For the Mexican private sector, these dynamics are certainly taking their toll on who stays and who goes but are also creating opportunities for those that believe long-term prospects and fundamentals remain strong. E&P companies around the globe cutting CAPEX at approximately 20-50%, undergoing other cost cutting measures and shelving stock buyback programs will certainly impact Mexico. The good news for Mexico is that the bid rounds it launched under the last administration will keep a certain level of investment going. Nonetheless, we can expect companies that have not started or locked into drilling campaigns to delay them as long as contractually possible, particularly if the government doesn’t change its ideological rhetoric, pivot, and actually incentivize current activity. Deepwater projects will be particularly impacted at current oil prices, as seen by the recent return of a block awarded to a Total-led consortium after drilling a dry hole. The consortium agreed to pay a US$ 21.2 million fine for not completing its minimum work program obligations. All eyes will be on shallow and midwater drilling campaigns underway following the highly encouraging discoveries of Zama, Cholula, and Sáasken in entirely new water depths and geological plays.  

As for the return to the service provider model AMLO has pursued to strengthen state-owned energy sector monopolies, it has neither yielded the results promised nor ensured payment confidence for providers. The squeeze on government finances that will unfold this year will only increase payment uncertainty that many providers will not be able to weather. The same can be said for much of the yet to be released Energy Infrastructure Plan.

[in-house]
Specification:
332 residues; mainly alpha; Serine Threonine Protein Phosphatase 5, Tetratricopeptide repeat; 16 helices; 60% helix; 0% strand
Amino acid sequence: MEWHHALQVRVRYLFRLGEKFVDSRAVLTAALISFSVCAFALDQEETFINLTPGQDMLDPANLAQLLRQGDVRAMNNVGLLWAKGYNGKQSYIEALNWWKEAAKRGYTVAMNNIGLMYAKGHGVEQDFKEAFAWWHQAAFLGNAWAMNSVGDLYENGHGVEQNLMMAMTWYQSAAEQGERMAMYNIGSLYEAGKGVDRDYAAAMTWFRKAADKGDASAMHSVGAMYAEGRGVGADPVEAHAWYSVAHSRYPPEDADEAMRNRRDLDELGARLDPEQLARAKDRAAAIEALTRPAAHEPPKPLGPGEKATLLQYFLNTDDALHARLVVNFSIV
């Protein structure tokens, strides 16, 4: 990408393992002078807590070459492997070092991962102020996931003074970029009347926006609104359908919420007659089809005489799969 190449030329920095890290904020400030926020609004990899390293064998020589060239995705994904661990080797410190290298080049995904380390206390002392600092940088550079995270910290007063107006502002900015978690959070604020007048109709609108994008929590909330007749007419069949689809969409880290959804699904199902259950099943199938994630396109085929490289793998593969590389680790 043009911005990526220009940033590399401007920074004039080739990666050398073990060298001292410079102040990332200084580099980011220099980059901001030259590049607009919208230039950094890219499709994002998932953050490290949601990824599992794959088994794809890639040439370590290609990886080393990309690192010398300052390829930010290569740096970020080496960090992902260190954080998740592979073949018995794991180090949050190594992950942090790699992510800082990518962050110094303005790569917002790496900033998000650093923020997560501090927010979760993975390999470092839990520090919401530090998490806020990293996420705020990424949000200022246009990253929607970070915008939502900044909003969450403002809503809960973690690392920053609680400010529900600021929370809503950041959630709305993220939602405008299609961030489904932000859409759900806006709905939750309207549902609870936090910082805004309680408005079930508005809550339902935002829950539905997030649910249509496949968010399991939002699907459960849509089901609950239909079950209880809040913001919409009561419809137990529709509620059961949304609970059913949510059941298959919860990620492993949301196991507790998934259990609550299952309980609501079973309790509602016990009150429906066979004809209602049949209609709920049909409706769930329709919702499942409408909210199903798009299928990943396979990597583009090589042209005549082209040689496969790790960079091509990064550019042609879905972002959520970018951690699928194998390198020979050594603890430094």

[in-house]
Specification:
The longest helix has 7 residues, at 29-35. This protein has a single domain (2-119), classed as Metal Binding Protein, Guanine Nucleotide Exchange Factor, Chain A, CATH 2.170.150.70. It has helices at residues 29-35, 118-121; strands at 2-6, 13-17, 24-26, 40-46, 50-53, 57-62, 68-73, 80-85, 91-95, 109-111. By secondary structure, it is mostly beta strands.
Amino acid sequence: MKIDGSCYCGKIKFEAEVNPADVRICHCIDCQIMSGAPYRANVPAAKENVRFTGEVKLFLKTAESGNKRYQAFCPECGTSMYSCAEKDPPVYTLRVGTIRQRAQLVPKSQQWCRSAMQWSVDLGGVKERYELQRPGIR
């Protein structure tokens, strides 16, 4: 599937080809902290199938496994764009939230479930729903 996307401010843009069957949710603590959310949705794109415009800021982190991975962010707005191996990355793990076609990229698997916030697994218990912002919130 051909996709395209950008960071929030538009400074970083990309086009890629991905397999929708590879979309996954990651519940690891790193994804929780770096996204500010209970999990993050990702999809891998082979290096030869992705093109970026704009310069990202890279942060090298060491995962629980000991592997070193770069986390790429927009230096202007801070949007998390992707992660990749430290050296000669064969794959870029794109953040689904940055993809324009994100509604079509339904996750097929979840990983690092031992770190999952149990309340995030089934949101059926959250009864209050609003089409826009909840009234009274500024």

With natural gas prices at all-time lows, the Mexican government would be well served to do everything in its power to help ensure completion of and bring online many of the pipelines tendered under the last administration. With over five BCFD of imports that will continue to grow in the medium- and long-term, Mexico doesn’t have the option or luxury to continue to tout a self-sufficient model to the detriment of domestic companies and the overall economy.

On the consumer front, gasoline prices have certainly dropped but are muted by declining demand, along with economic factors such as devaluation and inflation starting to raise its ugly head. In many other energy sector areas, opportunities remain and will only grow, particularly as surety of supply from traditional government suppliers comes into question. Fuel supply and storage, further imports and acquisitions, to name a few areas, will certainly remain active and increase over time.

Overall, although many of the dynamics plaguing Mexico’s energy sector and private sector participation were soundly in place and reaching their limits well before the ravishing effects of COVID-19 coupled with the oil supply war Russia and Saudi Arabia triggered, events and reactions being taken are only ensuring an even more acute outcome. The only question is how much economic pain the current government will be able and allowed to tolerate before it pursues meaningful changes. This will bring numerous opportunities, albeit not entirely obvious, as we all watch the COVID-19 pandemic continue to unfold.  

About the Author

John Padilla

Managing Director & Partner, IPD Latin America
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Mexico Institute

The Mexico Institute seeks to improve understanding, communication, and cooperation between Mexico and the United States by promoting original research, encouraging public discussion, and proposing policy options for enhancing the bilateral relationship. A binational Advisory Board, chaired by Luis Téllez and Earl Anthony Wayne, oversees the work of the Mexico Institute.   Read more